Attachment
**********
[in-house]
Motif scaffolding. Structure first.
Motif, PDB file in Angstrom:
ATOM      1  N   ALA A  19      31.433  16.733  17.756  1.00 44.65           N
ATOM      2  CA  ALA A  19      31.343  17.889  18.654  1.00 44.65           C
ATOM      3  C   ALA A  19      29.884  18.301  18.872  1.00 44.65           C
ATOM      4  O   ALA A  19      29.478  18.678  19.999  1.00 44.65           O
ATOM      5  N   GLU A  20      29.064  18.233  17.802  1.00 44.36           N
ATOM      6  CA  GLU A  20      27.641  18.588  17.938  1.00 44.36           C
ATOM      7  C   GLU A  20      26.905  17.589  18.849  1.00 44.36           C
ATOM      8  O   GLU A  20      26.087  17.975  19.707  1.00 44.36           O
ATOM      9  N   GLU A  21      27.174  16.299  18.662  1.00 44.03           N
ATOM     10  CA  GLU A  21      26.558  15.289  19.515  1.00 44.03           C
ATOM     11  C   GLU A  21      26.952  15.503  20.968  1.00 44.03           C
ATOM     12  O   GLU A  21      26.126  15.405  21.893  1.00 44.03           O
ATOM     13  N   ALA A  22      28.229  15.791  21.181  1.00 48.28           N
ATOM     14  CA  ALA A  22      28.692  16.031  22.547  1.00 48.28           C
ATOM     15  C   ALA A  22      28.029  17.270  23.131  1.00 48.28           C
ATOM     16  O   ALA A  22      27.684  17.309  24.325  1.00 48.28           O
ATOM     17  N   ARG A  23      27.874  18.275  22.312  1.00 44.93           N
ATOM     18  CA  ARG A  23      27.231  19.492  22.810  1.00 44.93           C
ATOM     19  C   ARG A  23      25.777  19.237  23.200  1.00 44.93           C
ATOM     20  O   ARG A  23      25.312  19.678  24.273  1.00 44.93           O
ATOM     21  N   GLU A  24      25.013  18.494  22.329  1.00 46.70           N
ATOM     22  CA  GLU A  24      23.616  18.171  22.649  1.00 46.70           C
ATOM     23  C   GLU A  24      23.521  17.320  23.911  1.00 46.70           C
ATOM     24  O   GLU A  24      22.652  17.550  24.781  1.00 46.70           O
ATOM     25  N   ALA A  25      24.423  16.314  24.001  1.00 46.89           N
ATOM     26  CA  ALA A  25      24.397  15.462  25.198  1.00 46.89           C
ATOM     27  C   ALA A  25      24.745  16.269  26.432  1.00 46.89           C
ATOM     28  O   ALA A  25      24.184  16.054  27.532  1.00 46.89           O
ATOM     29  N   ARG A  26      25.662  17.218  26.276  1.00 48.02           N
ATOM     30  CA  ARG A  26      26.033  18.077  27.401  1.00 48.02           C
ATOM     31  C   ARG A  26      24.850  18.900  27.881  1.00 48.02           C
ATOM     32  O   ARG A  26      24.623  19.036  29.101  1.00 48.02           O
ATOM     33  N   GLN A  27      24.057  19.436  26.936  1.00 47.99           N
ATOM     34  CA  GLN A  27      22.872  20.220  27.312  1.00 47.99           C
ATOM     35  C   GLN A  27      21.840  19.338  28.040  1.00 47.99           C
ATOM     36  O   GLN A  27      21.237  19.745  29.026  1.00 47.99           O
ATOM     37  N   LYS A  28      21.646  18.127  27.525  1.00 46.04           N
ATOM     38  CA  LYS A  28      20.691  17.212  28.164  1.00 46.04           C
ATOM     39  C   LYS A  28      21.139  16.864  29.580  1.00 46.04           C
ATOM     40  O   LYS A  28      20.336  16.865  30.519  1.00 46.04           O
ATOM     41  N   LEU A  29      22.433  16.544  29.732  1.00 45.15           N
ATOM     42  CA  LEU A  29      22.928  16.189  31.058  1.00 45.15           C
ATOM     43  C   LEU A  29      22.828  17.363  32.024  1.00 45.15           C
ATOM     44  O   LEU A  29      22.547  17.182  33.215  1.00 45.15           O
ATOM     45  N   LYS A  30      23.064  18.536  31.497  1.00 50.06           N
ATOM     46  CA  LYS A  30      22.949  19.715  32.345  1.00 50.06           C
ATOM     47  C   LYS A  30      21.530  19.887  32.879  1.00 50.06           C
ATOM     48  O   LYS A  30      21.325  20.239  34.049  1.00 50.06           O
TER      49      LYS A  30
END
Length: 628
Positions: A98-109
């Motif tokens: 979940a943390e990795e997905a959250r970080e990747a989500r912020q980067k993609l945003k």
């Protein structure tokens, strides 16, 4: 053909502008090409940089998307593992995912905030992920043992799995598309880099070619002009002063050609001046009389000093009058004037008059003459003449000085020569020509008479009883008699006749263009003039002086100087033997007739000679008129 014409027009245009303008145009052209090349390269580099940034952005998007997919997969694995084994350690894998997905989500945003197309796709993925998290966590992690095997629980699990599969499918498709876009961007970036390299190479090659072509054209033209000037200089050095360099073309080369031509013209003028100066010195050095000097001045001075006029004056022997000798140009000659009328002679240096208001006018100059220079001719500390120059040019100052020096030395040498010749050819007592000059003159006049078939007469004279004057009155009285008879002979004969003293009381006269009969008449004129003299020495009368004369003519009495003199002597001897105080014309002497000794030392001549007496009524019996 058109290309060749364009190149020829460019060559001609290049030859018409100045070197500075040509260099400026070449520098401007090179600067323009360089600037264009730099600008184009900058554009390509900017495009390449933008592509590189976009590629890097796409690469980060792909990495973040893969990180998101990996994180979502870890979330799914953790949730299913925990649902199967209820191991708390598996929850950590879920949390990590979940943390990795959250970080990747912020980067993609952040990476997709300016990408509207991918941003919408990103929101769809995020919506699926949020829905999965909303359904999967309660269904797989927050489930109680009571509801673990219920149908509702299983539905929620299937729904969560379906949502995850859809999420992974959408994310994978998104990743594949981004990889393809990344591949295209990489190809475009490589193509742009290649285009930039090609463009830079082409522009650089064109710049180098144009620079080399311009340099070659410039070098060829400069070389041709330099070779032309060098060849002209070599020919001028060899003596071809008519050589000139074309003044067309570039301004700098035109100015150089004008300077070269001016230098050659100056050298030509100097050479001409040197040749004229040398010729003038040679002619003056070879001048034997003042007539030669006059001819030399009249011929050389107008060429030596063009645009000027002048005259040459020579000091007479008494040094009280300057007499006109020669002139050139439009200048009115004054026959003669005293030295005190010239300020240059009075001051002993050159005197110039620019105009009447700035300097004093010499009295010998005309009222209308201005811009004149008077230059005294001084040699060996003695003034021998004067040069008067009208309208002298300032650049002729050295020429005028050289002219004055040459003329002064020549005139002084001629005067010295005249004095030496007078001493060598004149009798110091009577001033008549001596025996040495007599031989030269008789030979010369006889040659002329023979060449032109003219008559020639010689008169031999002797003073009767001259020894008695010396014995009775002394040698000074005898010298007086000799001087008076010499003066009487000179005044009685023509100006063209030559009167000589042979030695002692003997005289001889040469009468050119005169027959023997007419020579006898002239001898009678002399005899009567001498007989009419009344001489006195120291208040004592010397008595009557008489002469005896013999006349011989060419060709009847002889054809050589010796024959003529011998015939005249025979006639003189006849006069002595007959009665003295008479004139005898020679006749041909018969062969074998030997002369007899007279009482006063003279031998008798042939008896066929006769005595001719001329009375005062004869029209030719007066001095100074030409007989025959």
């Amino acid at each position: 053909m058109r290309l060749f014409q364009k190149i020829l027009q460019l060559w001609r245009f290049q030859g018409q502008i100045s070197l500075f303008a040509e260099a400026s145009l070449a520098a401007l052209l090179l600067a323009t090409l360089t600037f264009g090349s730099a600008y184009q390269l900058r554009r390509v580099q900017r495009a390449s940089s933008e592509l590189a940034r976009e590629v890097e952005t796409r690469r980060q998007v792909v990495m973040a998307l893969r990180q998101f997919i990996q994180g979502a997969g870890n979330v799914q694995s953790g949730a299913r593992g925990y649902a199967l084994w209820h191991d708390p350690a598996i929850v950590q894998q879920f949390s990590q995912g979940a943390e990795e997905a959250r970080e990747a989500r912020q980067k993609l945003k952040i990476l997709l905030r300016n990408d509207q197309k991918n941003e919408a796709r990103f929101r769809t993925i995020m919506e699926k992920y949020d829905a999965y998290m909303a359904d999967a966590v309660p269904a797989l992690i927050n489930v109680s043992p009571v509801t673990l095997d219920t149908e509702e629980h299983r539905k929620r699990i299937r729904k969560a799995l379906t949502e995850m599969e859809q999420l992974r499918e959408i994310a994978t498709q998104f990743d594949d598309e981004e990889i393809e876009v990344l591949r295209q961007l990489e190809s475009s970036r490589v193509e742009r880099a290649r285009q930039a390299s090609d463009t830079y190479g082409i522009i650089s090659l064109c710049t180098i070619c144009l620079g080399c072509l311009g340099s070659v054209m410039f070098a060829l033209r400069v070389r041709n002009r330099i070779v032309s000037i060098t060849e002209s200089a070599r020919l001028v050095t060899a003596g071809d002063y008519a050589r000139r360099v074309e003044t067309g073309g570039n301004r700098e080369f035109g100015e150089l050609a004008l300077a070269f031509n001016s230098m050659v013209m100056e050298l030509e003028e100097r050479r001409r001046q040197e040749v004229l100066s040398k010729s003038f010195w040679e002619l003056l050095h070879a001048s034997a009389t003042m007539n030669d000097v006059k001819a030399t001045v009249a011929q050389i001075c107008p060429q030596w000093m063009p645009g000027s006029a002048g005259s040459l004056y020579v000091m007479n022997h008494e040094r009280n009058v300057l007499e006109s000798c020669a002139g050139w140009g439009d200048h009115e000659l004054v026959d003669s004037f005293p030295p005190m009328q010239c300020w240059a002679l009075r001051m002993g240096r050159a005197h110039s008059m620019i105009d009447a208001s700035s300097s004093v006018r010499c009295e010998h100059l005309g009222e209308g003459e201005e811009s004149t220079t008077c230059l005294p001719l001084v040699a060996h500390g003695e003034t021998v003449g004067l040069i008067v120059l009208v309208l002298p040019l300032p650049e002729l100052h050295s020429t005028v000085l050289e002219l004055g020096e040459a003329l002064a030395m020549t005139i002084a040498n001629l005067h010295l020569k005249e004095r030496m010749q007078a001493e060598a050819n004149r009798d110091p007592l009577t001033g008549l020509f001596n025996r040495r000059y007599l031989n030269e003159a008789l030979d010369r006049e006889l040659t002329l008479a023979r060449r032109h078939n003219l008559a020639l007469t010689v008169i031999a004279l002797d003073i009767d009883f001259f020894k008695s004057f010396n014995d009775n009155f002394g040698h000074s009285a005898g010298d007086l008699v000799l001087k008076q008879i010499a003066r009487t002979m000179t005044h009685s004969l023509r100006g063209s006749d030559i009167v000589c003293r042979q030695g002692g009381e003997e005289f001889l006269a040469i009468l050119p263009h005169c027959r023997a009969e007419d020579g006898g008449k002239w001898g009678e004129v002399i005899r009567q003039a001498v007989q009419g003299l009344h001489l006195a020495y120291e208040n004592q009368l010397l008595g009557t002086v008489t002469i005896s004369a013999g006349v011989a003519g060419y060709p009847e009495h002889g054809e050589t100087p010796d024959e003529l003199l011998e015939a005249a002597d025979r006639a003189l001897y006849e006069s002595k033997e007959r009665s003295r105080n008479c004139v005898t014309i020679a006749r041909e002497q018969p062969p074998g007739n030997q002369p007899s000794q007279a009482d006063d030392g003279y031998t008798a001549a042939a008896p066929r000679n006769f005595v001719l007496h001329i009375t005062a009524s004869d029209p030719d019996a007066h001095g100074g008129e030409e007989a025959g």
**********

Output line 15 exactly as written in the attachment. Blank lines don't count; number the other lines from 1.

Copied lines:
ATOM     12  O   GLU A  21      26.126  15.405  21.893  1.00 44.03           O